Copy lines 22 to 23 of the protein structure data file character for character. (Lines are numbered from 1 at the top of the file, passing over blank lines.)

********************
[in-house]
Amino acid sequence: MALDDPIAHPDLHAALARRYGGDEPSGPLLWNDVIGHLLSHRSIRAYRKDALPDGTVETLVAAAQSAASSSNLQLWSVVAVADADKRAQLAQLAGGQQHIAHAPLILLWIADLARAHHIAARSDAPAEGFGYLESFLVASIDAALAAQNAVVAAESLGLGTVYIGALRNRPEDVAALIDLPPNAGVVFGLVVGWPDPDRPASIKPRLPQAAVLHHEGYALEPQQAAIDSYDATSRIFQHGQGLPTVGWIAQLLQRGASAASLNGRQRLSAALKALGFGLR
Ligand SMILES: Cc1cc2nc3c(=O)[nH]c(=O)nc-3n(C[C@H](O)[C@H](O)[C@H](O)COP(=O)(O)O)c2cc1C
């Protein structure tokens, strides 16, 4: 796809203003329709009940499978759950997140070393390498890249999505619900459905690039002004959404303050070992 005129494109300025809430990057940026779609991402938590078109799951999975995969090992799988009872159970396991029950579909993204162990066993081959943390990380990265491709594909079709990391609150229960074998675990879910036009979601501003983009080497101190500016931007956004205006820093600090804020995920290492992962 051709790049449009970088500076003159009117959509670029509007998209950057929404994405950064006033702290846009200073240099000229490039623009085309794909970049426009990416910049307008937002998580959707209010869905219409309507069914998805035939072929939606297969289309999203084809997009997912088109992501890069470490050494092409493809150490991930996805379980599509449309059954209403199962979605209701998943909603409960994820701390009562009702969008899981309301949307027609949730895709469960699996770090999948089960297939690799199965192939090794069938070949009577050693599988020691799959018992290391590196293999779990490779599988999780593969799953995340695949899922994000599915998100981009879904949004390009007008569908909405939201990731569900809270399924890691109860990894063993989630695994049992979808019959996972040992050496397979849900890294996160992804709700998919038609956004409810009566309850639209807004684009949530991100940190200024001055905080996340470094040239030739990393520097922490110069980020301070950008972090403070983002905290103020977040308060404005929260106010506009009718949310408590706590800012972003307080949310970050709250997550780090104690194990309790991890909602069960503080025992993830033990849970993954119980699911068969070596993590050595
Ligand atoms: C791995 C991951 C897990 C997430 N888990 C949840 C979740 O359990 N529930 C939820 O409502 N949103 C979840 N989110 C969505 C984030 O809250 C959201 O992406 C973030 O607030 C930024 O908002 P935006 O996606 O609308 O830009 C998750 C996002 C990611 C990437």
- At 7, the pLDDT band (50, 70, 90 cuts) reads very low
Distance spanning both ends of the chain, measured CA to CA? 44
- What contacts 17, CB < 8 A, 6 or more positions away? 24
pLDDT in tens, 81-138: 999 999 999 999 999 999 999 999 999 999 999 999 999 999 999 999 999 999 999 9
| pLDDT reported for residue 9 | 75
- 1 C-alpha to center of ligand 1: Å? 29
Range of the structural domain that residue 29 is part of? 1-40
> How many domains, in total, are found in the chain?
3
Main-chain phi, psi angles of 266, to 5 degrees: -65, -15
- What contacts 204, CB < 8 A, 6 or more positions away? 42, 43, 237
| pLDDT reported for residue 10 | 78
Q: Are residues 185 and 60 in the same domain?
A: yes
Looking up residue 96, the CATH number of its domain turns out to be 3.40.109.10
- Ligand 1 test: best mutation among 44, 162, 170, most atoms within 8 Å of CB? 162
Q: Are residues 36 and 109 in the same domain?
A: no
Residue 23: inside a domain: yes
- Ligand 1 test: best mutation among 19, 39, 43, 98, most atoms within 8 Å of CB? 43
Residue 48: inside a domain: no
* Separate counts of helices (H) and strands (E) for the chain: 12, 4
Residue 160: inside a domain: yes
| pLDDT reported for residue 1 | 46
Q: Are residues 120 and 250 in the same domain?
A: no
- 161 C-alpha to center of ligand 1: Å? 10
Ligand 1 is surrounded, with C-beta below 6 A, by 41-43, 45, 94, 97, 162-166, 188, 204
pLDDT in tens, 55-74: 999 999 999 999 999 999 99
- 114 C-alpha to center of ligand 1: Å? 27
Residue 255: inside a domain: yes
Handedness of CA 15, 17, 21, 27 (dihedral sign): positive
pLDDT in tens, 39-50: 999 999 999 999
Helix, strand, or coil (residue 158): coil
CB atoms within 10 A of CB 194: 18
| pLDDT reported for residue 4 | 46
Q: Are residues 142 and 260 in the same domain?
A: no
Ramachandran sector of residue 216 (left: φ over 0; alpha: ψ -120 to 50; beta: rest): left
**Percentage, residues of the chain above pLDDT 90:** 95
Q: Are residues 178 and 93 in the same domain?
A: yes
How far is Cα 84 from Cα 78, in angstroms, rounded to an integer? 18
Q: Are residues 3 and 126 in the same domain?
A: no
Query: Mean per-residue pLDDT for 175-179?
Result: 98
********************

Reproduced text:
Q: Are residues 36 and 109 in the same domain?
A: no